CAMBRIDGE, Mass. — The asteroids zinging around our solar system have
largely been named for their discoverers, or for famous people like Ella
Fitzgerald, Vincent Van Gogh and the Beatles. Tonight, 40 middle-school
science students and their teachers can claim the honor as well, thanks
to MIT Lincoln Laboratory.

This week, 40 finalists are competing in Washington, D.C., for the title
of “America’s Top Young Scientist of the Year” in the third annual
Discovery Young Scientist Challenge (DYSC), a national middle school
science contest. Each of the 40 students tonight will receive a
certificate officially acknowledging their link to an extraterrestrial
piece of real estate. Each student’s science teacher will be similarly

Lincoln Laboratory has discovered thousands of near-Earth asteroids, or
minor planets, since 1998 via the Lincoln Near Earth Asteroid Research
(LINEAR) program. LINEAR currently detects about 70 percent of the
asteroids discovered every year.

Dr. David L. Briggs of the Massachusetts Institute of Technology, director
of Lincoln Laboratory, has wanted to encourage science education in the
middle and secondary schools. Together with Dr. Grant Stokes, LINEAR’s
principal investigator, they came up with the idea of naming minor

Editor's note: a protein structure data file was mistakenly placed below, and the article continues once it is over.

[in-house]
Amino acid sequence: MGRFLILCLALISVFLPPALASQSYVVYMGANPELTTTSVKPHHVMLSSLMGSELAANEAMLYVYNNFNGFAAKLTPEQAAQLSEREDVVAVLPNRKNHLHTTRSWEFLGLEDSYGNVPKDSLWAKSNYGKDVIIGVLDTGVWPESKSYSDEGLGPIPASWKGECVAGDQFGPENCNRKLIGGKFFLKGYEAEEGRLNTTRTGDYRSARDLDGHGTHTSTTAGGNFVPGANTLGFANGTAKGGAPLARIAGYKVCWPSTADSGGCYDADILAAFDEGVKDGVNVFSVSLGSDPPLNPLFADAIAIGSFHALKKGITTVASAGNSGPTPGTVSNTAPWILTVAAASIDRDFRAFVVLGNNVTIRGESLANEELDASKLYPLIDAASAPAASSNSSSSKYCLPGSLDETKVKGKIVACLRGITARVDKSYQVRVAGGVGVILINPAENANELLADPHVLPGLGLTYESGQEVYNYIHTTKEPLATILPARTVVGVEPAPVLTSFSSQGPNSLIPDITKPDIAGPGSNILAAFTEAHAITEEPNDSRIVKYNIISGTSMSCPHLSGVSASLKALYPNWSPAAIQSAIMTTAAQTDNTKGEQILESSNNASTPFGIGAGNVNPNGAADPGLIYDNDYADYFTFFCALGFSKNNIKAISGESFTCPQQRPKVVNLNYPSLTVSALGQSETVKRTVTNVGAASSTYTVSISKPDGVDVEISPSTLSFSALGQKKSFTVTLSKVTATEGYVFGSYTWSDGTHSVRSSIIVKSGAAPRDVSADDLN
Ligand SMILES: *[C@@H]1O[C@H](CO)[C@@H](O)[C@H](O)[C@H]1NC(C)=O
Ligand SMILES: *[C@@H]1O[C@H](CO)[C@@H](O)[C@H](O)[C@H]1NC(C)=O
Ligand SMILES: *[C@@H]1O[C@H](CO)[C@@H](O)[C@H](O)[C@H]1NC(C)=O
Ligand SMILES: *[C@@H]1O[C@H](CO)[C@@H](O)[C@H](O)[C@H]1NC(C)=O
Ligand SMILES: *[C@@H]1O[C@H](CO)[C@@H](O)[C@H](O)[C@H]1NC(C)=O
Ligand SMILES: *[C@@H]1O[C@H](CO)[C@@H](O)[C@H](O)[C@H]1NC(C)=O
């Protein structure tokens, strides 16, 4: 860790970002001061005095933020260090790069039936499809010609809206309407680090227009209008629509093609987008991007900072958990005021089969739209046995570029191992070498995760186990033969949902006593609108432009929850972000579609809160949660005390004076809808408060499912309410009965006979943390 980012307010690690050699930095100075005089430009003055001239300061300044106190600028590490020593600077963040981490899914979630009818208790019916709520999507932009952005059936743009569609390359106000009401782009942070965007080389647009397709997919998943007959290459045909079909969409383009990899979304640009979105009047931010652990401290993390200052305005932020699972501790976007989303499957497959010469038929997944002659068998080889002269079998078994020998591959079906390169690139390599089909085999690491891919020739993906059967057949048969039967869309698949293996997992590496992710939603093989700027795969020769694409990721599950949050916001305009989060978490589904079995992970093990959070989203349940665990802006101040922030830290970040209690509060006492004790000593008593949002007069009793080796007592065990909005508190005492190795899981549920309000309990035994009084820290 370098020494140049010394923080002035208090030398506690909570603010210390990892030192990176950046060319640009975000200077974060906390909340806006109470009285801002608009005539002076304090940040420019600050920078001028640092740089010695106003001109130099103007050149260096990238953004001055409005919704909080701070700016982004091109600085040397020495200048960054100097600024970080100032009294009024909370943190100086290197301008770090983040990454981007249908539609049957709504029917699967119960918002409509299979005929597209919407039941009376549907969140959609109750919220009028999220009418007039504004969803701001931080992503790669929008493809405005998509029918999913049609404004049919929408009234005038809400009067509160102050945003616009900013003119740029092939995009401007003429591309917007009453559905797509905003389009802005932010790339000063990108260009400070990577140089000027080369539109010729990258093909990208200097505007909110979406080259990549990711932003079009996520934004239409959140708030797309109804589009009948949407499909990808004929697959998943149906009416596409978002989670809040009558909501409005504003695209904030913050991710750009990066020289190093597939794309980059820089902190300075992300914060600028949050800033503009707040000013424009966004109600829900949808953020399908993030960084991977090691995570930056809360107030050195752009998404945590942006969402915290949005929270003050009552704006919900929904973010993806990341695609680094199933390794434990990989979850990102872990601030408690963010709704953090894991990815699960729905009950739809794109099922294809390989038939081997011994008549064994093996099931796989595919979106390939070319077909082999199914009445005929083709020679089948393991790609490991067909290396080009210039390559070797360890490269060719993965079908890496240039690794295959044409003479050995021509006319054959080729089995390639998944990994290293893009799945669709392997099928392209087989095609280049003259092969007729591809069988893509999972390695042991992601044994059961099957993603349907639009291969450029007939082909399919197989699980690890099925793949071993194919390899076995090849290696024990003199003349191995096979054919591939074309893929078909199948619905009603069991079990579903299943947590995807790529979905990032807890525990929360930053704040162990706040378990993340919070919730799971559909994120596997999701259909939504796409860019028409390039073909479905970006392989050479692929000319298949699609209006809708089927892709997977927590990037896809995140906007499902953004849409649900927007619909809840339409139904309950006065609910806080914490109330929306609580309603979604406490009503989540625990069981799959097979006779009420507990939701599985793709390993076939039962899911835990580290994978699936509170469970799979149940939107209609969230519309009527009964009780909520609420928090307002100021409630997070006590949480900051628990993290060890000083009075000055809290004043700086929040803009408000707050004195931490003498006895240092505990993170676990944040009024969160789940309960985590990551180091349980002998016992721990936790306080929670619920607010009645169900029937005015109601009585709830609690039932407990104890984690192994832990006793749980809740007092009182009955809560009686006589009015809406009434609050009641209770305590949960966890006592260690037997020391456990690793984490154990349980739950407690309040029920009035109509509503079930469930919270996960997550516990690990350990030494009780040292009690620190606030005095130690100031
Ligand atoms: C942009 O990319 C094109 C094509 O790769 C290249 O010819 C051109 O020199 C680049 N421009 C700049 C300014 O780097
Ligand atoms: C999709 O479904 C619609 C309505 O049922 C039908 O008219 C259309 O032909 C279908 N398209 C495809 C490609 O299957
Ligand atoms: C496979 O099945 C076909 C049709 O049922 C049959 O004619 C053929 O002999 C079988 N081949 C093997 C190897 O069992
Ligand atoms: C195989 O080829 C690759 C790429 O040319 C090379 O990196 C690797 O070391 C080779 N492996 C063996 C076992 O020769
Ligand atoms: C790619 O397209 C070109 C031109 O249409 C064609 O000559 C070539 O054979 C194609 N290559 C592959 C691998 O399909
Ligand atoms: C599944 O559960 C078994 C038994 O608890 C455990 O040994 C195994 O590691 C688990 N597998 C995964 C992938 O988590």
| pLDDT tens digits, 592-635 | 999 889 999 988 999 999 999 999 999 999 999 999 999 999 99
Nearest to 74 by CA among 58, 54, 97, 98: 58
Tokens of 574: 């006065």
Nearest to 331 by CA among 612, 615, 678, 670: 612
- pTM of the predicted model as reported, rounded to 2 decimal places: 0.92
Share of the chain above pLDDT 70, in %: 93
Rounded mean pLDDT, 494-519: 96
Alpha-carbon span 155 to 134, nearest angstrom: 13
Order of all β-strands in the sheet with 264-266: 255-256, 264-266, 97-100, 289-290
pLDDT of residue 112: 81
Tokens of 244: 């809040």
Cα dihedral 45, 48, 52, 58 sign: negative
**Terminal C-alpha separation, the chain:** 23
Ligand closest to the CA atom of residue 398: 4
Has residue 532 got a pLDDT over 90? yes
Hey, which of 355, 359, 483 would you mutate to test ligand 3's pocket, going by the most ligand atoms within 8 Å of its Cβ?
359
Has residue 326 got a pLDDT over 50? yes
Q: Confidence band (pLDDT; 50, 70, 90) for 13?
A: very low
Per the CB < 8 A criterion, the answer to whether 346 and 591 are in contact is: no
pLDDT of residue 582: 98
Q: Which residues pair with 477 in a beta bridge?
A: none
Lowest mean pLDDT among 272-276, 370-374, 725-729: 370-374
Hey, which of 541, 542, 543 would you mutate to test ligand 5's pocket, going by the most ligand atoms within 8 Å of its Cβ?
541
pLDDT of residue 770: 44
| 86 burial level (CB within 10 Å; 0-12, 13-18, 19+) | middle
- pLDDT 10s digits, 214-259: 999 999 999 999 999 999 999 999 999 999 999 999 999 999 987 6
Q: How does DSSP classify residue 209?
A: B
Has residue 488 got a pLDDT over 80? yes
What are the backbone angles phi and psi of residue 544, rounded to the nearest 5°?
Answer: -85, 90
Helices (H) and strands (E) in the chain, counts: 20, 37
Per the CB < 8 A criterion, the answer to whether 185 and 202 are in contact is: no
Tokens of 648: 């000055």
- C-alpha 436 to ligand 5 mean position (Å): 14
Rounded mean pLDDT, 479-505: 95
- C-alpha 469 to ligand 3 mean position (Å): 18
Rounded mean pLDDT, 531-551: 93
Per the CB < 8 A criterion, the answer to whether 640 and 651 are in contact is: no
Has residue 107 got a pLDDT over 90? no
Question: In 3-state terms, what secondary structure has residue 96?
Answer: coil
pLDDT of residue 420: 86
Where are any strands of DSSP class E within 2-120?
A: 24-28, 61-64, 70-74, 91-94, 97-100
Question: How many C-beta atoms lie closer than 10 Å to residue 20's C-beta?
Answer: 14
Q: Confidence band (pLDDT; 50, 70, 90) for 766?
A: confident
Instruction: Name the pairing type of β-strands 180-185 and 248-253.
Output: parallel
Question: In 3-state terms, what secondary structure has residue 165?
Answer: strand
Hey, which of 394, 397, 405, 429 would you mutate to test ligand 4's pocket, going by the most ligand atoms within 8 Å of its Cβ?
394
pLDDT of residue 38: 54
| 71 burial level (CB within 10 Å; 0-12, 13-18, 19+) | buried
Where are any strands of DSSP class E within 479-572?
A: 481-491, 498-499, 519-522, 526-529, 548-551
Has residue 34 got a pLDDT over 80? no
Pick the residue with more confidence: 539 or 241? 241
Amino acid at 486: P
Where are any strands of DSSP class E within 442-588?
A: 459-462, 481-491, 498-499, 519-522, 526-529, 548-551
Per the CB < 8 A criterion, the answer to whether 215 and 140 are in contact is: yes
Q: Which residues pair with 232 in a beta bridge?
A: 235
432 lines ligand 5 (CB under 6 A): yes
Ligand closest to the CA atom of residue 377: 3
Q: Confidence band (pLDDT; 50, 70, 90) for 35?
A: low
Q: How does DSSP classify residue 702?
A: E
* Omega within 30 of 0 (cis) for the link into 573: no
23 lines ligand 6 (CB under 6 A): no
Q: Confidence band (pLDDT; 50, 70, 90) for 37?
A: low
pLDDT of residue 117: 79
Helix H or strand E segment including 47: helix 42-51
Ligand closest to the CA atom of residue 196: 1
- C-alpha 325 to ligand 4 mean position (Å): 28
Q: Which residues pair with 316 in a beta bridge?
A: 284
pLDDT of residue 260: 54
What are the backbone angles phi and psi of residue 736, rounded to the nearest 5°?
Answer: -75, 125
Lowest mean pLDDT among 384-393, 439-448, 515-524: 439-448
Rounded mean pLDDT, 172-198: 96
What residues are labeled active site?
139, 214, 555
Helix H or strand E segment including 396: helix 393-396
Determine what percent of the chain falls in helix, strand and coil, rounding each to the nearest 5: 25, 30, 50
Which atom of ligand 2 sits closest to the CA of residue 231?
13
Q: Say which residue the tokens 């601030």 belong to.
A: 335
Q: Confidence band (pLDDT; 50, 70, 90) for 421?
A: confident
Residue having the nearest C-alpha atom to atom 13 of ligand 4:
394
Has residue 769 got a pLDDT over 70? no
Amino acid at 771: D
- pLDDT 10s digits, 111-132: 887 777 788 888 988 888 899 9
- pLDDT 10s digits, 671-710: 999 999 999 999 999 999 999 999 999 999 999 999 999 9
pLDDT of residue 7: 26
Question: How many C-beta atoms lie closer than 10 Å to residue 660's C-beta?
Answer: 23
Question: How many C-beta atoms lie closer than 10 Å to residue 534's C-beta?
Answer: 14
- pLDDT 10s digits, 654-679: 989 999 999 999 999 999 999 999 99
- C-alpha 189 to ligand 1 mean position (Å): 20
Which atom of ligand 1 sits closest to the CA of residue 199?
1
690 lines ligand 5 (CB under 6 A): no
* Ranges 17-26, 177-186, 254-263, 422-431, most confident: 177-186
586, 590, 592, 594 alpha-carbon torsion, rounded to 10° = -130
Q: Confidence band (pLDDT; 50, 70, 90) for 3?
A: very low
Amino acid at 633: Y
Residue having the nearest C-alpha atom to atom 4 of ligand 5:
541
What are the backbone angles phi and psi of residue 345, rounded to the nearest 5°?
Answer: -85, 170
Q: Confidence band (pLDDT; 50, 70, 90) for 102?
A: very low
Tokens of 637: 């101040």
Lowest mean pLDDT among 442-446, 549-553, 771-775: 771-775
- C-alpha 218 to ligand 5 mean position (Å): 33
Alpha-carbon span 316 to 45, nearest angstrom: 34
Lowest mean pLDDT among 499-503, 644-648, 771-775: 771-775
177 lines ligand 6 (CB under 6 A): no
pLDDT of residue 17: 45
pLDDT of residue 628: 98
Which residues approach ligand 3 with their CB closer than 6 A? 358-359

planets for top science students and their teachers in grades five
through 12.

To find potential honorees, Stokes approached Science Service, which
organizes three major science competitions for students, including the
Discovery Young Scientist Challenge, which is the first science challenge
to include the asteroid honor. Stokes himself is a former high school
science fair winner in New Mexico.

Lincoln Laboratory and Science Service plan to expand the honor to
students and mentors for other competitions, including the Intel Science
Talent Search and the Intel International Science and Engineering Fair.

In addition to the official certificates, students and teachers will
receive information on how to find their asteroids in the sky. Stokes
noted, however, that honorees will have to go to an observatory to see
their namesakes, as the asteroids are too tiny to detect with the naked
eye or a standard telescope. But size is relative. According to Dr.
Stokes, “Each asteroid is several kilometers in diameter, which is a
pretty big piece of real estate.”

Operated by MIT for more than 50 years, Lincoln Laboratory carries out
research and development in support of national security for the
Department of Defense and other government agencies. The LINEAR program
is supported by the United States Air Force and NASA.



Created by Discovery Communications, Inc., in 1999, the DYSC is a
national middle school science contest that encourages the communication,
exploration and understanding of science among America’s youth. Each
year, the Smithsonian Institution hosts the DYSC finalists, granting
them unprecedented access to renowned scientists and historians as
well as to museum laboratories and other research facilities. More


One of the most respected nonprofit organizations advancing the cause
of science, Science Service conducts high-quality competitions on the
national and international level, including the Intel Science Talent
Search and the Intel International Science and Engineering Fair. More